Chavez extends oil largesse at Caribbean summit

Fri Dec 21, 2007 10:47pm EST
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By Anthony Boadle

CIENFUEGOS, Cuba (Reuters) - Venezuelan President Hugo Chavez proposed on Friday extending a barter scheme used by Cuba to other Caribbean and Central American nations to help them pay for oil supplies with products and services.

At a summit of his growing regional energy alliance, Petrocaribe, the leftist firebrand attacked the United States and other rich consumer nations for squandering their unfair share of world resources.

"In spite of the Yankees, our oil and gas will always be at the service, first of Venezuela, and at the same time of our brother nations of Latin American and the Caribbean," he said.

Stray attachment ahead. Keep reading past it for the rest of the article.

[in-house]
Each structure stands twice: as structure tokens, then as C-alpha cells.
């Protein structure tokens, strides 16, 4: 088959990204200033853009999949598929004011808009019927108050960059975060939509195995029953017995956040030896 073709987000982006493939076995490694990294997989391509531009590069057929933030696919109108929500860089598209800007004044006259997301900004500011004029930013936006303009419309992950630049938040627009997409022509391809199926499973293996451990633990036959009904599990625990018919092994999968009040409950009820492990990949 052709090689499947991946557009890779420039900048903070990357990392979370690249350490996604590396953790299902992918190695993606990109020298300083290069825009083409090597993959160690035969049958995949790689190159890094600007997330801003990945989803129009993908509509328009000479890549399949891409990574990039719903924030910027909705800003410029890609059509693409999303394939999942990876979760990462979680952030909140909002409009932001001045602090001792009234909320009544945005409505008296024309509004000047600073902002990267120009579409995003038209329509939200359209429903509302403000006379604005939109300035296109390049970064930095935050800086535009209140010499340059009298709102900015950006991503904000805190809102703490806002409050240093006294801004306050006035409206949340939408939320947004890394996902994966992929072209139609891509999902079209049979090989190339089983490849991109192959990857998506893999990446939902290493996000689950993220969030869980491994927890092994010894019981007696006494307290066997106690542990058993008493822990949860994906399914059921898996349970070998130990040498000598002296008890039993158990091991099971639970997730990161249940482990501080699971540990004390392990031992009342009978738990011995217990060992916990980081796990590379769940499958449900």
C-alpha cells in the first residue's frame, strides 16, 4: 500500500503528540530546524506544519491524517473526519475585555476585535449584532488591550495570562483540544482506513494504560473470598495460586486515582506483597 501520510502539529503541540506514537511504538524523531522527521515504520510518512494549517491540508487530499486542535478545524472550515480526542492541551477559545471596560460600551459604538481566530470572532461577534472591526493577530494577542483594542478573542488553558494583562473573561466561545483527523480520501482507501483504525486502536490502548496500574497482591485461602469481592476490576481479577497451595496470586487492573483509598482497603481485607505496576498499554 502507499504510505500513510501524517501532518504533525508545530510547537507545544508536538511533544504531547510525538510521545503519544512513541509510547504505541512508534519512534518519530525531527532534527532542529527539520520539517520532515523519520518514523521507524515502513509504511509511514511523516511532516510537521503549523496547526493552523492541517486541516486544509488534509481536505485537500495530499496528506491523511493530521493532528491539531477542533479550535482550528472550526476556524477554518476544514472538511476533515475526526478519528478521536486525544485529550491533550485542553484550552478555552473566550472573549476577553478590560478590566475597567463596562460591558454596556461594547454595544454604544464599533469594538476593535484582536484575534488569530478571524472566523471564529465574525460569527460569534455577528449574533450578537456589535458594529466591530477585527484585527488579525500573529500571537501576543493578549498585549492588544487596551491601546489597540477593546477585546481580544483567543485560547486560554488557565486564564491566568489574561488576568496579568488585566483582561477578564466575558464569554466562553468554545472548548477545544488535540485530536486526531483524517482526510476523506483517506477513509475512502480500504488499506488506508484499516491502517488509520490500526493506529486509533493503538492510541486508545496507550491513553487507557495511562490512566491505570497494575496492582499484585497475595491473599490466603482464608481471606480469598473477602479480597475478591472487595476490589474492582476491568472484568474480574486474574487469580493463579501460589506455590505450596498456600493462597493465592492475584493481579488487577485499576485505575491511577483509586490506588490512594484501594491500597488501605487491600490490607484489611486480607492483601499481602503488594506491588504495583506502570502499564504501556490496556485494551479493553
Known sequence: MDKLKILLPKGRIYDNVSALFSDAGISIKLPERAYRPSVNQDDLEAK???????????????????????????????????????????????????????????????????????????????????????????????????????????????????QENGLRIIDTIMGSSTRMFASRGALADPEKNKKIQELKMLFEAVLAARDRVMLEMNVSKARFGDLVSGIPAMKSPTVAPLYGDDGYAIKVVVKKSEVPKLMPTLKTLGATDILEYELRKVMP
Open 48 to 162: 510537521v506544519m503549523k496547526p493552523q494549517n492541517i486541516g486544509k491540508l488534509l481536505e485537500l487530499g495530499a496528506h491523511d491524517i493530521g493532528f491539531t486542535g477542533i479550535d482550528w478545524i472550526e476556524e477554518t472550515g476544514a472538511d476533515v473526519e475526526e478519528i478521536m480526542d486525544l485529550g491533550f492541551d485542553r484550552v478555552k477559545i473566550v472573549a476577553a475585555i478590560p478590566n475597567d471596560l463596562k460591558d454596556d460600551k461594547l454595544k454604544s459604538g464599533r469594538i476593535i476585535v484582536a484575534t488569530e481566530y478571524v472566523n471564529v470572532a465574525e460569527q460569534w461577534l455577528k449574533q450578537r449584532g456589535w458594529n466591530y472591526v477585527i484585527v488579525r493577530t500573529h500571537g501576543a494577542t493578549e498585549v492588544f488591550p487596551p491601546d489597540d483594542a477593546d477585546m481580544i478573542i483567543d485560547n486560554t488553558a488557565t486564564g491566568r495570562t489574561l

"We have begun to create a new geopolitics of oil that is not at the service of the interests of imperialism and big capitalists," Chavez said in a speech.

Chavez, the fiercest antagonist of the United States in the region despite being a major U.S. oil supplier, opened a revamped Soviet-era refinery in Cienfuegos, Cuba that will supply diesel, gasoline and jet fuel to members of Petrocaribe.

The Petrocaribe alliance, which has bolstered Chavez's regional influence since it started in 2005, grew to 17 countries on Friday with the entry of Honduras, a traditional U.S. ally. Guatemala's president-elect also wants to join.

Chavez said the debts of Petrocaribe members to Venezuela has reached $1.16 billion in little more than a year of preferentially financed supplies, and is estimated to rise to $4.6 billion by 2010.

He proposed debts be offset by local products and services, following the example of Cuba, which has sent 20,000 doctors and teachers to Venezuela in exchange for crude and refined products now estimated to value $3 billion a year.   Continued...

<p>Venezuela's President Hugo Chavez addresses the audience during a summit of Petrocaribe in Cienfuegos, Cuba December 21, 2007. A dozen heads of state are gathering to attend the opening of a Soviet-era refinery that was refurbished by Venezuelan state oil company PDVSA.REUTERS/Claudia Daut</p>